We say that at the mental level, happiness is not necessarily a feeling of pleasure. I think happiness here, mainly, is in the sense of satisfaction. Even though physical-level suffering is a painful experience, it may bring deep satisfaction at the mental level. So happiness mainly refers to the consciousness level—the mental level. Now, of course, all major religious traditions are trying to bring calm, peace or a positive sort of feeling in the mental level.

In most cases, I think there is a common factor to all religious traditions—theistic religion, non-theistic religion or one sort of practice—is that of faith. So faith is not a thing of the sensorial level; faith is the sixth consciousness or mental-level consciousness. Of course, the sensorial consciousness helps in listening to some music, some praying and things like that, or looking at an image of the Buddha, an image of God, an image of Jesus Christ or an image of Shivji. Of course it helps, but the real sort of effect must work on mental consciousness. Faith does not take place on a sensorial level, but in mental consciousness. And then the practice of love, compassion, and with that, forgiveness, tolerance, contentment—all these belong to the sixth mental level, the mental-level consciousness.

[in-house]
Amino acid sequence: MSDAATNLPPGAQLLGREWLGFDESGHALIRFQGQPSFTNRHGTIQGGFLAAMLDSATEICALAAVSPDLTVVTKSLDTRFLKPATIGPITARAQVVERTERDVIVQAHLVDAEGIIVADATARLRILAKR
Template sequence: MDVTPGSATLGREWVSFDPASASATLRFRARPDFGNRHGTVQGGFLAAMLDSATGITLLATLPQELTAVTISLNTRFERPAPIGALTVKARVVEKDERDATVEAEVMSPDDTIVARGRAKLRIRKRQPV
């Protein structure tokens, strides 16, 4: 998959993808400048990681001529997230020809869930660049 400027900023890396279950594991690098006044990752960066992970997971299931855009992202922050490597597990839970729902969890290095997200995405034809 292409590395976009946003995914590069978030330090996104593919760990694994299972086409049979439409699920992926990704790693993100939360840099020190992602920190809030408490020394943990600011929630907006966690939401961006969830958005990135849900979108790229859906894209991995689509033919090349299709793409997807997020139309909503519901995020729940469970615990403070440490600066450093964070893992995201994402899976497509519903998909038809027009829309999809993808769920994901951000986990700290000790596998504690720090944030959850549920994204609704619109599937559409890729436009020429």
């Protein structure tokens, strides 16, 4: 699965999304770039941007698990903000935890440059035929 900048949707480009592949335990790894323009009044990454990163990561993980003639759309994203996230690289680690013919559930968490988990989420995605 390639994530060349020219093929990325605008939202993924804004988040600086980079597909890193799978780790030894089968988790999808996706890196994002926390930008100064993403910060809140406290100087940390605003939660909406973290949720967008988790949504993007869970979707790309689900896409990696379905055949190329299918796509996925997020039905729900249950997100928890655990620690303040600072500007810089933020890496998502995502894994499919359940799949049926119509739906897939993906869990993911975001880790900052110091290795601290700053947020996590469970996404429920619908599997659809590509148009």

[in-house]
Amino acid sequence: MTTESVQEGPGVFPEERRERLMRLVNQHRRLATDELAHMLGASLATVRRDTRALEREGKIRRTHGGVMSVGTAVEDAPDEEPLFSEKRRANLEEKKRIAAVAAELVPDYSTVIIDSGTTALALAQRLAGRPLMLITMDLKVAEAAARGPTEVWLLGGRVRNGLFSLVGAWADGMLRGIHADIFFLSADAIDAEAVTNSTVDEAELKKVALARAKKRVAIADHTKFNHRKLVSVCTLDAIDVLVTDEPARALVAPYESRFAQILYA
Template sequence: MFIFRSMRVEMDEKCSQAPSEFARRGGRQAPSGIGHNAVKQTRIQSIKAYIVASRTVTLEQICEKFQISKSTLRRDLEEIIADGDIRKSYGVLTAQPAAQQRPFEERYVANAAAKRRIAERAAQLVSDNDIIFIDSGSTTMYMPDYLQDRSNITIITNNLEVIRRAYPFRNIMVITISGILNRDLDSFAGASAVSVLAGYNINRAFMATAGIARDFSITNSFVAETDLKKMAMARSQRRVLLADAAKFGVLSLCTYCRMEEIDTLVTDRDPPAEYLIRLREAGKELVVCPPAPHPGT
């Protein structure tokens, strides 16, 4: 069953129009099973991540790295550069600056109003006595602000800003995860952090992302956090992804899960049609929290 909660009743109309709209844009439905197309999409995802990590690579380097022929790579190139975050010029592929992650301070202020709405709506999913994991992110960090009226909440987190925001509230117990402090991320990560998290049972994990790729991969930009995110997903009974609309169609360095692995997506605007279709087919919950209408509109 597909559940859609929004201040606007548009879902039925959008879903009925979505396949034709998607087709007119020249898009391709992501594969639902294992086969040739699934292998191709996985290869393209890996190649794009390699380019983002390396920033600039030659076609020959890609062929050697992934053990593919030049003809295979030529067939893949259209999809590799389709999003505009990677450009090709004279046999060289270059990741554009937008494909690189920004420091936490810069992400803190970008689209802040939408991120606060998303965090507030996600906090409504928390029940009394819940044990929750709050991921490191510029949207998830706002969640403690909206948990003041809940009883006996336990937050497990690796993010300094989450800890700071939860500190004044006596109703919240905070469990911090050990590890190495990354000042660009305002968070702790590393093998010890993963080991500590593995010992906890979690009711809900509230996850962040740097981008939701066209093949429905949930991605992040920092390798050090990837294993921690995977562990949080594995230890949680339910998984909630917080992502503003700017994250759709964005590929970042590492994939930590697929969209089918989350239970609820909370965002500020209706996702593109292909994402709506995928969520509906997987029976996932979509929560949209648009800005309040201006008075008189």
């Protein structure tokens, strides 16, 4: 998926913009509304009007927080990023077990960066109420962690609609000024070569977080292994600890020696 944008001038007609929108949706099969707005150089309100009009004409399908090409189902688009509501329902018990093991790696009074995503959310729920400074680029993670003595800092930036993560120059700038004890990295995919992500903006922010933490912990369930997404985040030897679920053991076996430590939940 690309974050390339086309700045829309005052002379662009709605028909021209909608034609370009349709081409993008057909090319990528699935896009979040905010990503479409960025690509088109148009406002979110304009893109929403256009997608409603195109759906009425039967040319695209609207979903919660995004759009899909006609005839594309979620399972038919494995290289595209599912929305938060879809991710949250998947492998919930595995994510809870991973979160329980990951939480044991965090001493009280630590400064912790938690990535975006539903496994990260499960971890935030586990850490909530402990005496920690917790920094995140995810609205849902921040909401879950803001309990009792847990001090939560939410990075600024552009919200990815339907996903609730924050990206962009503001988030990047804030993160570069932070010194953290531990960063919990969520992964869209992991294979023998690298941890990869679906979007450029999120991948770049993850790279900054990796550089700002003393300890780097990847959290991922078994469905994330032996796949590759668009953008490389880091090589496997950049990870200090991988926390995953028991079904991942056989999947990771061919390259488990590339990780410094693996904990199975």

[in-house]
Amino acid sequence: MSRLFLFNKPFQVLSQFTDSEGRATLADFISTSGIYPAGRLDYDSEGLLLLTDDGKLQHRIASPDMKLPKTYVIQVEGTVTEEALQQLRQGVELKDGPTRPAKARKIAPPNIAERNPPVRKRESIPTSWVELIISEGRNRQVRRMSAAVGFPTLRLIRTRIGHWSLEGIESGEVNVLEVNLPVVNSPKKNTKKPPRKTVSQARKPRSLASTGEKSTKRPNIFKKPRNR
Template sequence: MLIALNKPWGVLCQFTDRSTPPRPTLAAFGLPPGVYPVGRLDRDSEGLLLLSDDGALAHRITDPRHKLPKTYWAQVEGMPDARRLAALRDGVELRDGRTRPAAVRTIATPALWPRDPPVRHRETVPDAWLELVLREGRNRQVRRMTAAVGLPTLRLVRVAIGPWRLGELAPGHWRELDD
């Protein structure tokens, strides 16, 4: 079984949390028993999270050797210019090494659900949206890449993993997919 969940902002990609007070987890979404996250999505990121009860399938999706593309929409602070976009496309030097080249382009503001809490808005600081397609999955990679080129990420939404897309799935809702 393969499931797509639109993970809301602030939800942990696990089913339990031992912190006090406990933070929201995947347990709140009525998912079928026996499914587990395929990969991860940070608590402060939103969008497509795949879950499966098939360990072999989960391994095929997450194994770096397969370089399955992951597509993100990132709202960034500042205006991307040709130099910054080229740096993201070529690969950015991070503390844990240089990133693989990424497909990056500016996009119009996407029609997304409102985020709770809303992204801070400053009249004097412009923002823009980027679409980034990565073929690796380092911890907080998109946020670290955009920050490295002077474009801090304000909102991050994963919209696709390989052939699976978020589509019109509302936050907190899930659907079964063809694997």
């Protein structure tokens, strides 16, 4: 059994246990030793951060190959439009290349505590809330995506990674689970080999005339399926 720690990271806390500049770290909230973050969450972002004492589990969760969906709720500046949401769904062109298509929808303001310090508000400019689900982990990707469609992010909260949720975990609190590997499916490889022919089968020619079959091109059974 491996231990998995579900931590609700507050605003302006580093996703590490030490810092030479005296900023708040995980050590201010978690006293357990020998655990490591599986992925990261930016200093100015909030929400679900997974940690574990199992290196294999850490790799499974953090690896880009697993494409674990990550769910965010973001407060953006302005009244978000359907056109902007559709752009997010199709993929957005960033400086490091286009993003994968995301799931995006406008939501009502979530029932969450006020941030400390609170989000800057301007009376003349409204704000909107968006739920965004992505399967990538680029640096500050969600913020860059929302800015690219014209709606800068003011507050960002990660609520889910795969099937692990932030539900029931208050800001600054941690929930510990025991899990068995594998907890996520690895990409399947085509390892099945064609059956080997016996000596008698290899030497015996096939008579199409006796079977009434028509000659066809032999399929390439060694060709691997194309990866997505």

Then non-theistic religious tradition—such as one part of Sankhya—is a very old Indian tradition, I think almost 3,000 years old, or more than 3,000 years. Then, at the time of Buddha, Jainism and Buddhism—these two new non-theistic religions—developed. These non-theistic religious traditions have no idea of a creator but believe in the law of causality—cause and effect.

Everybody knows in this country about the law of karma. Karma means action—whether it is physical action, verbal action, or mental action. If you look at the world with a positive eye or a sincere motivation like compassion or forgiveness, then certain sort of emotion comes; that's karma. It is positive or good karma, because its motivation is something good—a sense of concern for others' well-being, which is a benefit to others and a benefit to oneself and therefore considered positive. There is no absolute positive or negative. Likewise anger, hatred, suspicion may be of two kinds—positive and negative. But, in a way, some negative sort of motivation ultimately brings discomfort to oneself or another; it causes negative karma.